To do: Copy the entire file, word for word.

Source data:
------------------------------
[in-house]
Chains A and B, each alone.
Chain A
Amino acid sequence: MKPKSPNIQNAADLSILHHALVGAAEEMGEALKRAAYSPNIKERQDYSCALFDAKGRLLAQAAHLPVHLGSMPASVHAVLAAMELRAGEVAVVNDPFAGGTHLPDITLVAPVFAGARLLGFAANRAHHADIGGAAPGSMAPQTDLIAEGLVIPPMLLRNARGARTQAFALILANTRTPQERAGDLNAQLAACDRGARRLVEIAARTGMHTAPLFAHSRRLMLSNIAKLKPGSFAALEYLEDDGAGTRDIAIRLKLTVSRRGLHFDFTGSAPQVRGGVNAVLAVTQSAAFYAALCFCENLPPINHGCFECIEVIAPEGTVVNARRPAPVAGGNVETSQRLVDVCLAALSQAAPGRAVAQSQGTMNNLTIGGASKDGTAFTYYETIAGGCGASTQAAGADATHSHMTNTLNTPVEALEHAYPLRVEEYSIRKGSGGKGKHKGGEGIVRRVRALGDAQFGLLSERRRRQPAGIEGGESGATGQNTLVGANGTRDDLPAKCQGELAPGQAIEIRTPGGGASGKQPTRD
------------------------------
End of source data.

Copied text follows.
[in-house]
Chains A and B, each alone.
Chain A
Amino acid sequence: MKPKSPNIQNAADLSILHHALVGAAEEMGEALKRAAYSPNIKERQDYSCALFDAKGRLLAQAAHLPVHLGSMPASVHAVLAAMELRAGEVAVVNDPFAGGTHLPDITLVAPVFAGARLLGFAANRAHHADIGGAAPGSMAPQTDLIAEGLVIPPMLLRNARGARTQAFALILANTRTPQERAGDLNAQLAACDRGARRLVEIAARTGMHTAPLFAHSRRLMLSNIAKLKPGSFAALEYLEDDGAGTRDIAIRLKLTVSRRGLHFDFTGSAPQVRGGVNAVLAVTQSAAFYAALCFCENLPPINHGCFECIEVIAPEGTVVNARRPAPVAGGNVETSQRLVDVCLAALSQAAPGRAVAQSQGTMNNLTIGGASKDGTAFTYYETIAGGCGASTQAAGADATHSHMTNTLNTPVEALEHAYPLRVEEYSIRKGSGGKGKHKGGEGIVRRVRALGDAQFGLLSERRRRQPAGIEGGESGATGQNTLVGANGTRDDLPAKCQGELAPGQAIEIRTPGGGASGKQPTRD